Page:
Children’s parties: a cultural quagmire for new expats

Last weekend was a weekend of parties. My elder daughter attended one on Saturday and my younger daughter went to two on Sunday. I was Mrs Taxi Driver all weekend, although I did get to meet some new people and have some fun chats with other parents, so all happy.

However, what these parties did bring home to me is what a potential mine-trap parties can be when you are new to a place and don’t know how others do it.

Let them have cake!

Let them have cake!

In our case it’s not so much the South African culture we have to worry about as the girls go to an International school and have friends from all over the place. But there is still a collective “knowledge” of how things are done – and the fear is that you will just get it plain wrong.

Sounds a bit silly? Well consider the following:

  • first of all – who do you invite? Just a couple of friends? The whole class? The whole YEAR group?
  • in some countries, no-one answers the invites, but they all still turn up
  • in some places, everyone will be at LEAST half an hour late
  • in others, they will all turn up on the dot of time
  • in some, you have to cater for at least two or three times the number of guests you have invited because they will all bring a brother, or a cousin, or a granny….who will all expect to be fed
  • do you leave your children at the party? If you do, will anyone be looking after them?
  • if the parents stay, will they expect to be fed?
  • if the parents leave, will they be back on time to pick them up? Will they even actually come back at all (and yes, this has happened to us – in St Lucia).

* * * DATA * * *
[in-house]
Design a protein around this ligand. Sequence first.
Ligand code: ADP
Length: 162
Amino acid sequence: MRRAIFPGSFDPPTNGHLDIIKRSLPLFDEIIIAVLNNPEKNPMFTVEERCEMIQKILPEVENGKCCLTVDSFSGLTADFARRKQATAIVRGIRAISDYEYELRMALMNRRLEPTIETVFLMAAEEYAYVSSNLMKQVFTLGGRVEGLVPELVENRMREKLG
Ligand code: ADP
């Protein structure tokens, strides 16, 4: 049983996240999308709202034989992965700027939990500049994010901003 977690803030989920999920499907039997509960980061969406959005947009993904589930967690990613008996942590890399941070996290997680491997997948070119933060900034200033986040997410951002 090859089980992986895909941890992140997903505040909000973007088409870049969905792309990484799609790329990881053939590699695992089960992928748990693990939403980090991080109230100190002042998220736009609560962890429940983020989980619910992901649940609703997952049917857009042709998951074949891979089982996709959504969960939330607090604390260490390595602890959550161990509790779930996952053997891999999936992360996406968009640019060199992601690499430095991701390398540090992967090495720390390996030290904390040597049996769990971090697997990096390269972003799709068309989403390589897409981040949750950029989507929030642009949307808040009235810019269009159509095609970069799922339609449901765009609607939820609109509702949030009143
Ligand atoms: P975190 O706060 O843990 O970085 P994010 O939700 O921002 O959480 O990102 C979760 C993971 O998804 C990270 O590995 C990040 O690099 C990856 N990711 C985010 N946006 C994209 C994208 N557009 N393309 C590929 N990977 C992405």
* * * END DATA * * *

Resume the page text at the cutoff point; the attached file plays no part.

So whilst an earlier post I wrote about birthdays was whether we would have any friends to invite to my daughter’s 10th birthday party in a couple of weekends time, now my worrying has reached a whole new level. Add to the above things like how much food is expected, will we have to do party bags and will those guests who haven’t replied to the invitation turn up anyway? On top of this, we have had to battle venue issues (what sort of place was available? When we found somewhere, we had to book the food separately from the activity…); payment issues (they wouldn’t take an online credit card payment; we couldn’t pay direct into their bank account because we don’t have a bank account in the country yet…); and cake issues (where can I get one???? I can’t make one even if I wanted to – my baking equipment is still on the high seas….) and it’s left me feeling quite weak and in need of a llie-down instead of pumped up and ready to celebrate!

But in the end I decided that as this WAS such an international enviroment actually everyone would probably do it differently anyway. So we’re doing it the way we would back home (except we are inviting more children than we would – as she doesn’t yet have one or two “best” friends). We’ll only cater for the invited guests. Parents can look after themselves. I won’t encourage extra brothers or cousins to stay. We probably won’t do party bags but will send them home with some cake. And I will assume that only those who have said they will come will, actually, turn up.

It could be great…..or it could be a total disaster!